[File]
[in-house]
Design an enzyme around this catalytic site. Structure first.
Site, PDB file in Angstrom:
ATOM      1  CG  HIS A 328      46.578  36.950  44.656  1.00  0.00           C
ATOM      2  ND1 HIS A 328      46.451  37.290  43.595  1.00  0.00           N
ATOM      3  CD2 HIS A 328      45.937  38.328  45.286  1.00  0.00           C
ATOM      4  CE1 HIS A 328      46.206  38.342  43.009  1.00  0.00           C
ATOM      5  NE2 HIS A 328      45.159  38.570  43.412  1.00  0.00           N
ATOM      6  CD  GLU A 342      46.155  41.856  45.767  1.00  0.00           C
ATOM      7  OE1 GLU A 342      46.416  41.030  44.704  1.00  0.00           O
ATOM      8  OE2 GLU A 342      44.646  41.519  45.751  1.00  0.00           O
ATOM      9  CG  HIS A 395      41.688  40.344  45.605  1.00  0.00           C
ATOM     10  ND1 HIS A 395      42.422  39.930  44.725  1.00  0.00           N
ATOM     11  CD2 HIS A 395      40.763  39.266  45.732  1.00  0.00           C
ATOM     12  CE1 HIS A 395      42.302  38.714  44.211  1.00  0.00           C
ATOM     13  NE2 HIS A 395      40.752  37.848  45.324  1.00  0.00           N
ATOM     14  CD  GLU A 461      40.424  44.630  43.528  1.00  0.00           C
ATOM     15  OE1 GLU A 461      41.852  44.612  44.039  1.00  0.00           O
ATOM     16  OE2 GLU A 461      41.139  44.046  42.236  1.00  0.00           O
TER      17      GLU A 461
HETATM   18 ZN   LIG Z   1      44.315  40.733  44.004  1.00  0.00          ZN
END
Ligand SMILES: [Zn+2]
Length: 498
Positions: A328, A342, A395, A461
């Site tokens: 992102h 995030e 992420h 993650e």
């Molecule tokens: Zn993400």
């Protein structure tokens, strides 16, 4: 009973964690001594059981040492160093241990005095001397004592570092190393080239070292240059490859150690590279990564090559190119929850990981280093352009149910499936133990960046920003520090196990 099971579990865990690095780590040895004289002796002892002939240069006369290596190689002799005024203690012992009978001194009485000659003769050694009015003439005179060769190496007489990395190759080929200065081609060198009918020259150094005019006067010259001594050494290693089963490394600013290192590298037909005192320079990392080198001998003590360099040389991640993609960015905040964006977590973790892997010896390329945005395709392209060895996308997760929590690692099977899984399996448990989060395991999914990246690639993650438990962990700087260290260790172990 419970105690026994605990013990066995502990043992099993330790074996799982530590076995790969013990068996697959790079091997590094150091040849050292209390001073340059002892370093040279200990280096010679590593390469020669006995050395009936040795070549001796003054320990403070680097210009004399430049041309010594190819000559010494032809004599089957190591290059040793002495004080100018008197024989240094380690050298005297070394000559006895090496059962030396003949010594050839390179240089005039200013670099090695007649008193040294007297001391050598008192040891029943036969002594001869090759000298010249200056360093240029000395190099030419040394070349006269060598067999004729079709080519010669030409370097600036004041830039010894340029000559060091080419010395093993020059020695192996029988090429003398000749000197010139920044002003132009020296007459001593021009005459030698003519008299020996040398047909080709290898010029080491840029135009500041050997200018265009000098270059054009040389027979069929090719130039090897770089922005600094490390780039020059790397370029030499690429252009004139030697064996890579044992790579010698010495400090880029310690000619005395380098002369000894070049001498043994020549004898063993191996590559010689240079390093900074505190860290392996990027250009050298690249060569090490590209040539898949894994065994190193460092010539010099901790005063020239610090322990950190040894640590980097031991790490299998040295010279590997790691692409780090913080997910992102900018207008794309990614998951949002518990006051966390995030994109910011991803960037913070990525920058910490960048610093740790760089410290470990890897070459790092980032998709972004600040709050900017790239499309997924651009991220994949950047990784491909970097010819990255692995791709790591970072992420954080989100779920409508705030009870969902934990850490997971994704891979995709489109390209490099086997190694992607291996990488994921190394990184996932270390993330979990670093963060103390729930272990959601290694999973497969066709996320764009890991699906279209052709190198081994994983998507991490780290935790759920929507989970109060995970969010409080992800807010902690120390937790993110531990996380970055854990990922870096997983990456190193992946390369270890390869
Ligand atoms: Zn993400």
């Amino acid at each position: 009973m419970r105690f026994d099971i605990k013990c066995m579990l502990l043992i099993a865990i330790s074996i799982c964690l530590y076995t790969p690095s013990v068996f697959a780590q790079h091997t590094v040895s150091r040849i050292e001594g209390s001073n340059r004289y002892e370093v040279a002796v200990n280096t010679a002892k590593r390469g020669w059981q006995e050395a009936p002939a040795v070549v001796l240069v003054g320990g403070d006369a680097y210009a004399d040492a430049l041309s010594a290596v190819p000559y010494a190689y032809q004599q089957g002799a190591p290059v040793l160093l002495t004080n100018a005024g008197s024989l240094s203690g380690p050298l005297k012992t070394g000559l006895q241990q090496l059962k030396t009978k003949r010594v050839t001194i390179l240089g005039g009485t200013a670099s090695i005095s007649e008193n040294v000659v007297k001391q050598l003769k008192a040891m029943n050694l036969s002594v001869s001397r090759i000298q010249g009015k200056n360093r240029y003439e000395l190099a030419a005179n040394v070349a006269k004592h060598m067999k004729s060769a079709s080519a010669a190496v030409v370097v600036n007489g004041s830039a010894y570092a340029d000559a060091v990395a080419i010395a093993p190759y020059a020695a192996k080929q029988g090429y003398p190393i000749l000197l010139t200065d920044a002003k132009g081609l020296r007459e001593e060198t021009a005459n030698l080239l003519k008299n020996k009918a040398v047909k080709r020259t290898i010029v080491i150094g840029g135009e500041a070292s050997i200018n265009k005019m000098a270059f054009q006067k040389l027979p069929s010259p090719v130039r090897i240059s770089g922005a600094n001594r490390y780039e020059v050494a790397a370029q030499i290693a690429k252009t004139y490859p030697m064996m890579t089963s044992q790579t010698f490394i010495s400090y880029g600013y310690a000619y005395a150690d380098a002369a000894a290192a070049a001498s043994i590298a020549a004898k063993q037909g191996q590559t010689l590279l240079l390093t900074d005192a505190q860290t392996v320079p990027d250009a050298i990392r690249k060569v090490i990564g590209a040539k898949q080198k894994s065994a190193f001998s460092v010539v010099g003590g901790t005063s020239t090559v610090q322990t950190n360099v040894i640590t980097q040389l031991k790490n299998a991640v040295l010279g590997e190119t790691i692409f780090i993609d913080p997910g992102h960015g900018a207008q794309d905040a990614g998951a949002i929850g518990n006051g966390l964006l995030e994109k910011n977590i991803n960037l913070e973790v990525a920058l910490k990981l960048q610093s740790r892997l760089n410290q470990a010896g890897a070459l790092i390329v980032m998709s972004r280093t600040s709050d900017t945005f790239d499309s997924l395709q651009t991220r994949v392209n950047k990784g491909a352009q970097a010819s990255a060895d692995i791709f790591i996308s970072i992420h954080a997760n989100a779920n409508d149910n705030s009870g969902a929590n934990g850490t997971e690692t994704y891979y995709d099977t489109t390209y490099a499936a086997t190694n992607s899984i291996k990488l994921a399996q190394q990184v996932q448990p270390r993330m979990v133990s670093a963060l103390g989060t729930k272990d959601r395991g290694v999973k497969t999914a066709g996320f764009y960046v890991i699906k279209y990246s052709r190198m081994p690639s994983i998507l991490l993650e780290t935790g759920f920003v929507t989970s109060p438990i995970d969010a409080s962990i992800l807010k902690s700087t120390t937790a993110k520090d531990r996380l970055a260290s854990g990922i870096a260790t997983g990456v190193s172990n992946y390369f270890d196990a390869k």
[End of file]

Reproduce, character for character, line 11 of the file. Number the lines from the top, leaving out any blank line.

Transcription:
ATOM      8  OE2 GLU A 342      44.646  41.519  45.751  1.00  0.00           O